Recently the Pensions Ombudsman in the case of Mr D and others (CAS 27382-Q6L3) dismissed a complaint brought by pre-2002 members of a DB pension scheme who were unhappy with the Trustee's decision to change their accrual rate for benefits under the scheme from 1/60th to 1/70th, in line with post-2002 members.
Although the Ombudsman empathised with the members’ frustration, he did not uphold the complaint.
Fundamentally, the Ombudsman said that it was not for him to decide whether the Trustee’s decision was the right one. The Trustee had a wide level of discretion and that the question the Ombudsman had to consider was whether the Trustee had reached its decision by following a reasonable decision-making process in line with the famous Edge principles (deriving from the case of Edge v Pensions Ombudsman  EWCA Civ 2013), namely:
- Did the Trustee direct itself correctly in law?
- Did the Trustee take into account all relevant but no irrelevant factors?
- Did the Trustee ask itself the correct questions?
- Did the Trustee reach a decision which was not perverse?
The Ombudsman’s adjudicator was satisfied on all accounts. Firstly, the Trustee had directed itself properly in law both from a statutory perspective and from a scheme rules perspective by (i) ensuring that the 1/60th accrual rate would still apply to all applicant members’ benefits accrued before the change in line with s67 of the Pensions Act 1995 and (ii) seeking actuarial advice prior to exercising its power of amendment as required under the scheme’s rules.
Secondly, the Trustee had considered all relevant factors. The Trustee provided minutes of meetings and it was clear that it had discussed all suggestions and comments raised during consultation. The Trustee had not placed weight on any irrelevant factors. Indeed, the Trustee had made it clear that its decision was to address the inconsistency across the contributions being paid and benefits received by different members, and to ensure contributions were affordable.
Thirdly, the Ombudsman was satisfied that the Trustee asked the right questions. It had considered numerous options first and then sought feedback on the option which it considered most appropriate as part of a consultation.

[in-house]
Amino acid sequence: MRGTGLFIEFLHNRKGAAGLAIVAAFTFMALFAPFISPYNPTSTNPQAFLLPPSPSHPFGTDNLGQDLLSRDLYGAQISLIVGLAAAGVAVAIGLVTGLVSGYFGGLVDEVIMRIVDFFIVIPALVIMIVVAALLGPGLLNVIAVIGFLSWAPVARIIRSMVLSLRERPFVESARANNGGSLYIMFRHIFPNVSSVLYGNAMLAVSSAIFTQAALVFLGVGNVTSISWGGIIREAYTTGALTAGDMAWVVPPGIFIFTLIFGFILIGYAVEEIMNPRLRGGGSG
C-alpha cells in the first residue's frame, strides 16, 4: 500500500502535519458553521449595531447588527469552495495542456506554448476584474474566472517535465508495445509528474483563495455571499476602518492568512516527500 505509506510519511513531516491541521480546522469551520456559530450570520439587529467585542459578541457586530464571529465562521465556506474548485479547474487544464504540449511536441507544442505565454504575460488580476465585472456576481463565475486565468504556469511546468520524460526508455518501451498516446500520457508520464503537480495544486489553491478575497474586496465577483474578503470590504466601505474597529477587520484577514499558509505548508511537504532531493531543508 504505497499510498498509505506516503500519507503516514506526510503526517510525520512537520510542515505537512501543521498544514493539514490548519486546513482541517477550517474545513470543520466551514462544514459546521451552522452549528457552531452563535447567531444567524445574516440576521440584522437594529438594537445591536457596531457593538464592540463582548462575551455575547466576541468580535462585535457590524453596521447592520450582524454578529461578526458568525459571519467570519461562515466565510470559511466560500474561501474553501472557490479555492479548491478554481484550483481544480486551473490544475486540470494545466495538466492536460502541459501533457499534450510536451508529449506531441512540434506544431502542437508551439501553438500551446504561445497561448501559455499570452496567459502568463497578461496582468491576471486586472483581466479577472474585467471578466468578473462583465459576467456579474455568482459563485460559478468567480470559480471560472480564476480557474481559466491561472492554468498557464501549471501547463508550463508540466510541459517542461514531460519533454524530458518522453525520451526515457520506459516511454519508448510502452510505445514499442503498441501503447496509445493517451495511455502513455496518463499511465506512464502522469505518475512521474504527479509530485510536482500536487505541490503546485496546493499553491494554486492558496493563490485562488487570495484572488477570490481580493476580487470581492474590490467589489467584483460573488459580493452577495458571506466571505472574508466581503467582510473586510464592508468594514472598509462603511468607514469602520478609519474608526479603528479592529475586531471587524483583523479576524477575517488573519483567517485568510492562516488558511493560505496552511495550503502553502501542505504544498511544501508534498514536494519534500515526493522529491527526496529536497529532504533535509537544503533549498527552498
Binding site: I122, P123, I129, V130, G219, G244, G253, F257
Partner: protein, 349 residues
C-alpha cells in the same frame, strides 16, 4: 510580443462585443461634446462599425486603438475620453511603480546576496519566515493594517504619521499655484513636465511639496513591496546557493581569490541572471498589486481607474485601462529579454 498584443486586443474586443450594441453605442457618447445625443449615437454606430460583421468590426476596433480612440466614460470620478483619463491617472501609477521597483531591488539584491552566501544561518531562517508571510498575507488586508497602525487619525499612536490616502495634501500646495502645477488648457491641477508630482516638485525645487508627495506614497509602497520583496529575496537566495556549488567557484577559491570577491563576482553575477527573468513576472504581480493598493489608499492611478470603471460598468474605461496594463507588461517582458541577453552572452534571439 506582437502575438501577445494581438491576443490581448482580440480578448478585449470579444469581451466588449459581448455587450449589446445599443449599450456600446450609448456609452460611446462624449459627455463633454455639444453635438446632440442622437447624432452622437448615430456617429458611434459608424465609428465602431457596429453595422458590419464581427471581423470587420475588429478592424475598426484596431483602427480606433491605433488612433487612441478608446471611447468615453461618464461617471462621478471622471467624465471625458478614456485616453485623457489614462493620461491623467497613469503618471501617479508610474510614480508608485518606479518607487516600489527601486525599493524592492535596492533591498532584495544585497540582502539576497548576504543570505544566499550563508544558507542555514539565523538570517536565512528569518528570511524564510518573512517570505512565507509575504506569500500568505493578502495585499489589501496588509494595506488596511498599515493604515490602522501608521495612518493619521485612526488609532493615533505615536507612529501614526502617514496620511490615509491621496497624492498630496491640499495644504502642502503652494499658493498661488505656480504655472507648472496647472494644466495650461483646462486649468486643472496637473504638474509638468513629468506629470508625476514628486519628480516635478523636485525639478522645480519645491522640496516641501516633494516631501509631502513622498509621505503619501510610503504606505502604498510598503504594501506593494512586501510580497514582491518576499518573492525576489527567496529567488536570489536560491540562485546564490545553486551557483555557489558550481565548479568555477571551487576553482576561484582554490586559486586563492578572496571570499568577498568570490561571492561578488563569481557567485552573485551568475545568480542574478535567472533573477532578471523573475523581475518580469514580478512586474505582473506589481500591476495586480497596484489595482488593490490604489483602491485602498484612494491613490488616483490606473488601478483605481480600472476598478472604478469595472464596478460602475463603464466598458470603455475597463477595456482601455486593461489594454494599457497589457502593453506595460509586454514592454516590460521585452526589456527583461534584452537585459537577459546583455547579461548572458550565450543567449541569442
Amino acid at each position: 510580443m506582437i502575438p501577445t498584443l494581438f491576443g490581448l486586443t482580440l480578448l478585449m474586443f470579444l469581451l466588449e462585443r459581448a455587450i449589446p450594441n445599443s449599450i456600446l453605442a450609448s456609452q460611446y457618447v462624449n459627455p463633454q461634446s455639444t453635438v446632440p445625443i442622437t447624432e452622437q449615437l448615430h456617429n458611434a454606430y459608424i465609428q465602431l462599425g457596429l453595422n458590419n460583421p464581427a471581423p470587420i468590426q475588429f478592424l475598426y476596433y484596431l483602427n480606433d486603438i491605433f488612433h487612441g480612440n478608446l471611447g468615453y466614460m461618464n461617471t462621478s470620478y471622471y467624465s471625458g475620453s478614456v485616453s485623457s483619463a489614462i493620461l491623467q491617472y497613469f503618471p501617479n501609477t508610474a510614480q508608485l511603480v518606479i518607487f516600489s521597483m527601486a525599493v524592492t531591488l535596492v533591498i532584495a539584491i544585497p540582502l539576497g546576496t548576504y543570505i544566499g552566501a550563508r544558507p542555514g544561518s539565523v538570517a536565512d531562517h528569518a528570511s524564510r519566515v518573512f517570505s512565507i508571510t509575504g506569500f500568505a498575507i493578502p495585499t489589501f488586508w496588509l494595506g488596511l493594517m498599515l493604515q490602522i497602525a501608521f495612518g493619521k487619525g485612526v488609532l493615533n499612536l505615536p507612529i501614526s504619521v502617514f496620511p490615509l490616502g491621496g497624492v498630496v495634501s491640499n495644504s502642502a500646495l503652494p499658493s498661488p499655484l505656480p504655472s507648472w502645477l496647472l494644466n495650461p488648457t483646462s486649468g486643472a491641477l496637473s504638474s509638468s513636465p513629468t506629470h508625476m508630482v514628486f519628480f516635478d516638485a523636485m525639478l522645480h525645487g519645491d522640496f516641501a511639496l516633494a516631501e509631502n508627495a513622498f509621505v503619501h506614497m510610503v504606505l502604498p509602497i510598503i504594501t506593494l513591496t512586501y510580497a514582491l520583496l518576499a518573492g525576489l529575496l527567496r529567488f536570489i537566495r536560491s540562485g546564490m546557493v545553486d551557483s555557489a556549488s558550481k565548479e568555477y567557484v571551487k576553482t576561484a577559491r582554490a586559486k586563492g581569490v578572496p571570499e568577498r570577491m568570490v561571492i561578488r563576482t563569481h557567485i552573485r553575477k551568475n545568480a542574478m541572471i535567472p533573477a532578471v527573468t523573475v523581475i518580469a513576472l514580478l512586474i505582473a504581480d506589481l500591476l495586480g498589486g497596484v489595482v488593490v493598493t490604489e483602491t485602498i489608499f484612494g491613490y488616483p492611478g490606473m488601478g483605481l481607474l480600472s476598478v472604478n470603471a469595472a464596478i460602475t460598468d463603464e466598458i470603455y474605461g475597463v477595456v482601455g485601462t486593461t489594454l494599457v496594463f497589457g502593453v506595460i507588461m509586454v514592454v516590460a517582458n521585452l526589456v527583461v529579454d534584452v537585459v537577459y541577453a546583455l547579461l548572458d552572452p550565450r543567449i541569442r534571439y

Fourthly, the Ombudsman was satisfied that the Trustee did not reach a decision which was perverse; that is to say a decision which no reasonable decision maker would come to in the circumstances. The evidence indicated that the Trustee had considered advice and feedback.
Ultimately, the Ombudsman held that the decision-making process was within the Edge principles criteria.
This case shows the importance of following a proper decision-making process and the importance of trustees thoroughly documenting their process by keeping minutes of all relevant meetings and records of any valuations, consultations or communications to members. In one of its meetings, the Trustee had received training on the correct process for decision-making. Given that the Ombudsman’s decision ultimately hinged on an assessment of the Trustee’s decision-making process, all of this provided invaluable evidence in the Trustee’s favour.
On the one hand then, this case demonstrates the difficulty in over-turning a trustee’s decision, on the other, it is a clear reminder to trustees that they must have a robust decision-making process in place especially when it comes to the more complex discretionary decisions that affect members’ benefits.
As pensions lawyers, we are often asked to advise on such decisions. If you have questions on decision-making or any of the topics raised in this article, please do get in touch with your usual Burges Salmon contact.
It is not for me to decide whether the Trustee's decision is the right one. The Trustee has a wide level of discretion in the exercise of its powers. The question I have considered is whether the Trustee reached its decision following a reasonable decision-making process. Anthony Arter, Pensions Ombudsman, 17 March 2021